Two strategies that have been taken to explain art as an evolutionary origin are top-down and bottom-up. The top-down approach looks at the fine arts, while bottom-up focuses on visual ornamentation. The fine arts, then, are a “recent manifestation of a universal human instinct for making visual ornamentation” (p. 266). Scientists generally take this top-down approach to counteract the stereotype that they have forgotten beauty in the midst of their pursuit for truth. But looking at the bottom-up and visual ornamentation presents us with the opportunity to appreciate the art that surrounds us every day. Clothing, jewelry, big beautiful houses, furniture, gardens, even automobiles are examples of this aesthetic behavior in every day life; and really there is no clear line dividing fashion and art.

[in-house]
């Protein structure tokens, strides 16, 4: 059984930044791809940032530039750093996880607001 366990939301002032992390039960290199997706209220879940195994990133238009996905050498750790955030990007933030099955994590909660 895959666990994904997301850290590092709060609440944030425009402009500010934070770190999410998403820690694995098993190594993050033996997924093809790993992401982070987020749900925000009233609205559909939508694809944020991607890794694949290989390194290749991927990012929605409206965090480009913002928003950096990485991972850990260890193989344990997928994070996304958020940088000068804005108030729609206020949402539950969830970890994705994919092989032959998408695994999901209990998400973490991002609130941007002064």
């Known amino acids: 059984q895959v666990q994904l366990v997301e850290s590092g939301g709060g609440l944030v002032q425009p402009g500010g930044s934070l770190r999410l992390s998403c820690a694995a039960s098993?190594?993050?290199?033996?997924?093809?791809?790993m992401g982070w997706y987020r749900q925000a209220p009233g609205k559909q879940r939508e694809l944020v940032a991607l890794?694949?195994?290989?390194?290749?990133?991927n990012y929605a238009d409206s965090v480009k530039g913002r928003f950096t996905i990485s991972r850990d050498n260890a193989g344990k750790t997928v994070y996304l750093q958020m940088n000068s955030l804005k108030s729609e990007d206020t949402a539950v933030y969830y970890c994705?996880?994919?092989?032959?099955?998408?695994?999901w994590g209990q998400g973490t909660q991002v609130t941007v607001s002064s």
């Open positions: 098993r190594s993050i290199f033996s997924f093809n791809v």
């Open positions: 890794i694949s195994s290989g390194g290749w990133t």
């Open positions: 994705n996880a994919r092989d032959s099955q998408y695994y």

This article takes a bottom-down approach which makes more sense in regards to the evolutionary origins of art and tracing “the adaptive function of these seemingly useless biological luxuries” (p. 20). It is possible that some of our bodily organs have evolved as visual ornamentation, similar to the way in which the peacock’s tail evolved. Examples in the human body include hair, faces, and muscles, which play upon one’s senses. Another way of understanding this phenomenon is by looking at bowerbirds and their mating practice. They can be compared to humans doing artwork because a male bowerbird’s ornamentation does not grow out of their bodies, but rather is consciously made, an obvious adaptation to female sexual choice. A female bowerbird will usually choose to copulate with the male who has the most sturdy, symmetrical, and well-ornamented nest. Males will even go so far as to “paint” the inner walls of their bower by using leaves or bark in their beaks and a bluish regurgitated fruit residue, similar to an artist with a paintbrush. In addition, the males which have evolved brightly colored feathers, dance in front of the bowers and perform for the females. In all, this practice represents many significant adaptations. Their skill indicates good fitness, takes time and energy, requires the to defend their bower which demonstrates strength- all indicators of good genes. However, the bowerbird probably does not know why he creates art. He might explain it as an instinct or desire for self-expression, much in the same way we explain human art. Artists, themselves, tend to reject the notion that they create in order to procreate. The bowerbird is a good example of the continuity between body ornamentation and art. Which biologists are beginning to look at more closely. Evolution does not stop within the boundary of the body. Although traditionally a person’s phenotype has previously only included parts of the body, a person’s “extended phenotype is the total reach of its genes into the environment” (p. 271). This means that while some ornaments are worn on the body, ornaments also include memory and reputation. Examples of such ornamentation of the body are tattoos, makeup, braiding, dying, and cutting our hair, and putting on jewelry and clothing. Apart from the body, however, we decorate our homes with stylish useful objects and useless objects purely for aesthetic appeal.